Reason #9:  Our ninth reason for why rules reek is this: When consequences for certain actions are pre-determined, students aren’t asked to think about, generate, and accept appropriate consequences for their behavior.  As a result, students aren’t conscious during the whole process.  They never truly have to think about the rule they violated, how their actions might have affected others, and what kind of consequence might be appropriate to help them remember not to repeat the offense.  Not only do they not accept any responsibility for their actions (reason #8), but they don’t take any ownership of the solution.


Reason #10:  This reason is the most important one of all: In classrooms where there are a lot of rules and consequences, especially when those rules are developed by the school or the teacher with little or no input from students, students don’t learn.  By that I mean that their behavior does not improve over the long term.  This is true because everything becomes a power struggle and a blame game, and every conflict situation is dealt with as a short-term problem rather than a long-term opportunity to learn new, more effective behaviors.


So, there they are: 10 Reasons Rules Reek.  Here’s a quick recap of the whole list:


1.  If you make rules in advance, you don’t even know if the situation will ever come up.

2.  Students don’t feel any ownership of rules unless they have a hand in creating them and do so through an honest process focused on creating the kind of learning community they want to be part of.

3.  Rules and consequences only focus on the symptoms of problems, not on the root causes of the problems, and they keep teachers from investigating what those root causes might be.

4.  Having pre-determined, one-size-fits-all consequences ignores the fact that while outside behavior may look the same between two situations, the reasons behind the behavior may differ and therefore, appropriate consequences may need to differ for the same offense.

5.  You simply can’t have a specific rule and consequence for every situation.  You would end up with a hundred rules, and no one could every remember them all.

6.  With lots of rules and consequences, teachers spend all of their time playing cop and lawyer.

7.  With specific rules, students know exactly where the “line in the sand” is, and they are then put in a position of power where they can (if they choose to) “push your buttons” by getting as close to the line as possible without actually going over it.

8.  With consequences for rule-breaking imposed by the teacher, students rarely take responsibility for their own behavior.

9.  With rules as traditionally done, students don’t have to generate appropriate consequences for their behavior, so they are not conscious participants in the process.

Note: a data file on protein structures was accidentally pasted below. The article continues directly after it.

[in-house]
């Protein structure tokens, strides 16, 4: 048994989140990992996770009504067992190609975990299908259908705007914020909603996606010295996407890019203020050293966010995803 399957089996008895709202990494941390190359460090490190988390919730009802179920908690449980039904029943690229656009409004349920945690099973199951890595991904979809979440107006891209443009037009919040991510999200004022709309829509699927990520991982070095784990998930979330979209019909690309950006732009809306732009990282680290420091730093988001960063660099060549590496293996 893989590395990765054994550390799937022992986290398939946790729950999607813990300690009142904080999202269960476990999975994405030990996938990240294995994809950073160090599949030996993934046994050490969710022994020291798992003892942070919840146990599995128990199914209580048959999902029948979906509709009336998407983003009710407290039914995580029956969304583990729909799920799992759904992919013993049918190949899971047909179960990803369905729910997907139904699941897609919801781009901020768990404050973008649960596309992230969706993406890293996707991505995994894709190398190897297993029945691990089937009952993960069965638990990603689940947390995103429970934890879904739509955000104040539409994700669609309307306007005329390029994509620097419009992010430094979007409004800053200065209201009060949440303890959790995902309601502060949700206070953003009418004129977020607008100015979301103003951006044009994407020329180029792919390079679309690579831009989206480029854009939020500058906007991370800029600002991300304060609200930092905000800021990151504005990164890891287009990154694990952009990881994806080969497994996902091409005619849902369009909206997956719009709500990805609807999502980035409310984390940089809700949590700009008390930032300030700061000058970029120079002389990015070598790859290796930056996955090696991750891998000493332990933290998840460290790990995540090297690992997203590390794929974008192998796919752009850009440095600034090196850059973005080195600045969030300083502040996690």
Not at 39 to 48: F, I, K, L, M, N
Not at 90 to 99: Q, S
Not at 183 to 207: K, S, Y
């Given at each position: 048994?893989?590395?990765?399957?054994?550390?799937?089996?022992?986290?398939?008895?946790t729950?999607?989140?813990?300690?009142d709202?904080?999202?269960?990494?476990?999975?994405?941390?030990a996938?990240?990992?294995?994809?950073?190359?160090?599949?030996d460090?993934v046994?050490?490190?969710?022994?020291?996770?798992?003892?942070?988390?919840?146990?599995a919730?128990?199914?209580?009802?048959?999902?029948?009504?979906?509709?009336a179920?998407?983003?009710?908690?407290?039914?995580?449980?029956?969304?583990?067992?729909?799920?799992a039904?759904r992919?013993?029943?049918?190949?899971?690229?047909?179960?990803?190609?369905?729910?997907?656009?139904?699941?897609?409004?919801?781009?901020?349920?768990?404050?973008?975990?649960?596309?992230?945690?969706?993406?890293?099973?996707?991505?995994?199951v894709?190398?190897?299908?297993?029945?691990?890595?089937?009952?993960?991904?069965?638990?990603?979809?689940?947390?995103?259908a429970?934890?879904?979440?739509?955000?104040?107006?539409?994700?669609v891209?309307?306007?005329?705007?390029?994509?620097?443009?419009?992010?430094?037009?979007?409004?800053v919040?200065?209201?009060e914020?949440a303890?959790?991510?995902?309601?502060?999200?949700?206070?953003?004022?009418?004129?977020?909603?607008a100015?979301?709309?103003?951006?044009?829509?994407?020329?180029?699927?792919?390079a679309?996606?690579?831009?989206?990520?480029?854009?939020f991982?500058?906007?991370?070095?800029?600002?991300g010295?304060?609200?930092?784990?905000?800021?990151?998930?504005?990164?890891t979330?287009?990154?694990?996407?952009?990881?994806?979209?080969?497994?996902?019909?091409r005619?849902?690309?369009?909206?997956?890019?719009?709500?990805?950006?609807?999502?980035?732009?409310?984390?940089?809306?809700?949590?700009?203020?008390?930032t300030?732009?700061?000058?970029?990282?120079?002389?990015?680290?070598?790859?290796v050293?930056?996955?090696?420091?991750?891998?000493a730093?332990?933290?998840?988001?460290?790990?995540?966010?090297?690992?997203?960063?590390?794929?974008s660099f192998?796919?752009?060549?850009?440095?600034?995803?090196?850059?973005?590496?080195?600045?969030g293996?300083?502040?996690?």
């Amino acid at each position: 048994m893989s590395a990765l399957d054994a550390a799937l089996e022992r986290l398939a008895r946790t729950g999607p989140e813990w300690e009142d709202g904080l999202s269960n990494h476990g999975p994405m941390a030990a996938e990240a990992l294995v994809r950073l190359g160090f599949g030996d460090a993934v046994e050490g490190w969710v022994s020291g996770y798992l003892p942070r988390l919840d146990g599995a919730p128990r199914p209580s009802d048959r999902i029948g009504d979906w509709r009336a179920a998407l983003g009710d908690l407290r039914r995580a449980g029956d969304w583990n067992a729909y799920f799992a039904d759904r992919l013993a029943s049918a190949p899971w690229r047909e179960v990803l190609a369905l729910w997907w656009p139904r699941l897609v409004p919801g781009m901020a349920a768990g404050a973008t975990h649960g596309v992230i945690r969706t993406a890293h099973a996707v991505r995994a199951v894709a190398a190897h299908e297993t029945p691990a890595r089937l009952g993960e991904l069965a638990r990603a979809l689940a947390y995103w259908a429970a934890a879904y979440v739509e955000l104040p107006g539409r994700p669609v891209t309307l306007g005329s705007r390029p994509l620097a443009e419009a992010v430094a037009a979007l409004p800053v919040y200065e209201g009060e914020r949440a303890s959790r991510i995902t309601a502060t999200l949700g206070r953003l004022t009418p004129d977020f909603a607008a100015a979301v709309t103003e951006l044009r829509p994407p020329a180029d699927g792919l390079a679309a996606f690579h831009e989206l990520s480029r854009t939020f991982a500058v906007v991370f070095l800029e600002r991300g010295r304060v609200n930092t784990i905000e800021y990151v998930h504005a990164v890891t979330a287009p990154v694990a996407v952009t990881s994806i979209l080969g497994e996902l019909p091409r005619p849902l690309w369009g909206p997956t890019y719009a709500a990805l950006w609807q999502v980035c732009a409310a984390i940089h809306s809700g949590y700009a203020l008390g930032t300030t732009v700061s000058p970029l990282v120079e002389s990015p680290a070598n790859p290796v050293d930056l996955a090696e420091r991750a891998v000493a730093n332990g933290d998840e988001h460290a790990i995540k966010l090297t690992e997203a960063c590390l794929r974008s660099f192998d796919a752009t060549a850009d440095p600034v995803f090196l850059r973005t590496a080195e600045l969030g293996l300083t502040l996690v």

10.  In classrooms where rules and consequences are used to deal with short-term problems, students don’t reflect on their behavior and therefore they don’t learn and become more self-disciplined in the long term.


Using Expectations as a Framework for Long-Term Behavioral Improvement


OK, I’ve laid out for you a number of reasons why I think rules and consequences are detrimental to long-term improvement in student behavior.  Now, let’s take the discussion to the next level.  How can teachers use broad expectations to head off a great deal of problems in the first place, to effectively deal with those problems that do arise in a way that’s thoughtful and keeps the focus on classroom community, and to help students grow in their ability to monitor and improve their own behavior over the long run.

First of all, how can having expectations (that are developed cooperatively by the teacher and students) keep problems from happening in the first place (a proactive benefit)?  Well, it all depends on how those expectations are established in the first place.  At the beginning of this article, I went over this process in a fairly detailed way, so I won’t bore you by repeating all of that.  So just let me summarize.

The first step, in the first few days of school, is to have a discussion about the goals of the class and how those goals can best be achieved.  During this discussion, it is important to capture what such a classroom (where the class’s ability to learn is maximized) would look and sound like.  From this material, the next step is to generalize all of those specifics into 3-5 generalizations that capture the essence of the needed behavior.  These become the class’s expectations.


My ideal list of expectations might be as follows:


  • Be safe
  • Be responsible
  • Be respectful
  • Be supportive